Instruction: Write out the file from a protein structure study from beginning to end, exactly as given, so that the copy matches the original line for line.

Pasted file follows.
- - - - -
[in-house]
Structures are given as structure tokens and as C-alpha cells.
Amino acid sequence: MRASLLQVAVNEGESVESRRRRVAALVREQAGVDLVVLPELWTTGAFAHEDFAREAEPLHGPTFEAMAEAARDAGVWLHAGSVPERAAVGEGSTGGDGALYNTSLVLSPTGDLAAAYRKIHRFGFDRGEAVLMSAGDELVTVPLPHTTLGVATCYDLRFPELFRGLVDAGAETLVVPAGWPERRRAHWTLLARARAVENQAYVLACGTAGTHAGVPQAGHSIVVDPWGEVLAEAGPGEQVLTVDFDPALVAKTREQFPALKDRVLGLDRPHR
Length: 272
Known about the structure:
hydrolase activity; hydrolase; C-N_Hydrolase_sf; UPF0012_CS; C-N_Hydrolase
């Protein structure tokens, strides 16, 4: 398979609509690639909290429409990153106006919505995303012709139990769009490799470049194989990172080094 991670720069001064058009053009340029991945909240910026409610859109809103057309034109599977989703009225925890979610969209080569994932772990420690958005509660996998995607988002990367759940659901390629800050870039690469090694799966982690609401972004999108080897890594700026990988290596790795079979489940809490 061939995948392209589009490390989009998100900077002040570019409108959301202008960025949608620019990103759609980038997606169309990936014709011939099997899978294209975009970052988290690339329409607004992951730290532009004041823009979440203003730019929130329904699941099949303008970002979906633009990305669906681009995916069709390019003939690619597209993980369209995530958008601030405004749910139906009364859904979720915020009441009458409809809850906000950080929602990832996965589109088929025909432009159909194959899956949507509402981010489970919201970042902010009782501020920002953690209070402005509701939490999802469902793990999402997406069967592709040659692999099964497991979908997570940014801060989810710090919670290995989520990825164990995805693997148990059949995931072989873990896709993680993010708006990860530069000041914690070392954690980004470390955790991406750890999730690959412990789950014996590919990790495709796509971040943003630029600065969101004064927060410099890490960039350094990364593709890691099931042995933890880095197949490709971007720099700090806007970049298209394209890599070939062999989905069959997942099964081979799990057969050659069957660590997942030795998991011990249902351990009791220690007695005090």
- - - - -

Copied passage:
[in-house]
Structures are given as structure tokens and as C-alpha cells.
Amino acid sequence: MRASLLQVAVNEGESVESRRRRVAALVREQAGVDLVVLPELWTTGAFAHEDFAREAEPLHGPTFEAMAEAARDAGVWLHAGSVPERAAVGEGSTGGDGALYNTSLVLSPTGDLAAAYRKIHRFGFDRGEAVLMSAGDELVTVPLPHTTLGVATCYDLRFPELFRGLVDAGAETLVVPAGWPERRRAHWTLLARARAVENQAYVLACGTAGTHAGVPQAGHSIVVDPWGEVLAEAGPGEQVLTVDFDPALVAKTREQFPALKDRVLGLDRPHR
Length: 272
Known about the structure:
hydrolase activity; hydrolase; C-N_Hydrolase_sf; UPF0012_CS; C-N_Hydrolase
């Protein structure tokens, strides 16, 4: 398979609509690639909290429409990153106006919505995303012709139990769009490799470049194989990172080094 991670720069001064058009053009340029991945909240910026409610859109809103057309034109599977989703009225925890979610969209080569994932772990420690958005509660996998995607988002990367759940659901390629800050870039690469090694799966982690609401972004999108080897890594700026990988290596790795079979489940809490 061939995948392209589009490390989009998100900077002040570019409108959301202008960025949608620019990103759609980038997606169309990936014709011939099997899978294209975009970052988290690339329409607004992951730290532009004041823009979440203003730019929130329904699941099949303008970002979906633009990305669906681009995916069709390019003939690619597209993980369209995530958008601030405004749910139906009364859904979720915020009441009458409809809850906000950080929602990832996965589109088929025909432009159909194959899956949507509402981010489970919201970042902010009782501020920002953690209070402005509701939490999802469902793990999402997406069967592709040659692999099964497991979908997570940014801060989810710090919670290995989520990825164990995805693997148990059949995931072989873990896709993680993010708006990860530069000041914690070392954690980004470390955790991406750890999730690959412990789950014996590919990790495709796509971040943003630029600065969101004064927060410099890490960039350094990364593709890691099931042995933890880095197949490709971007720099700090806007970049298209394209890599070939062999989905069959997942099964081979799990057969050659069957660590997942030795998991011990249902351990009791220690007695005090």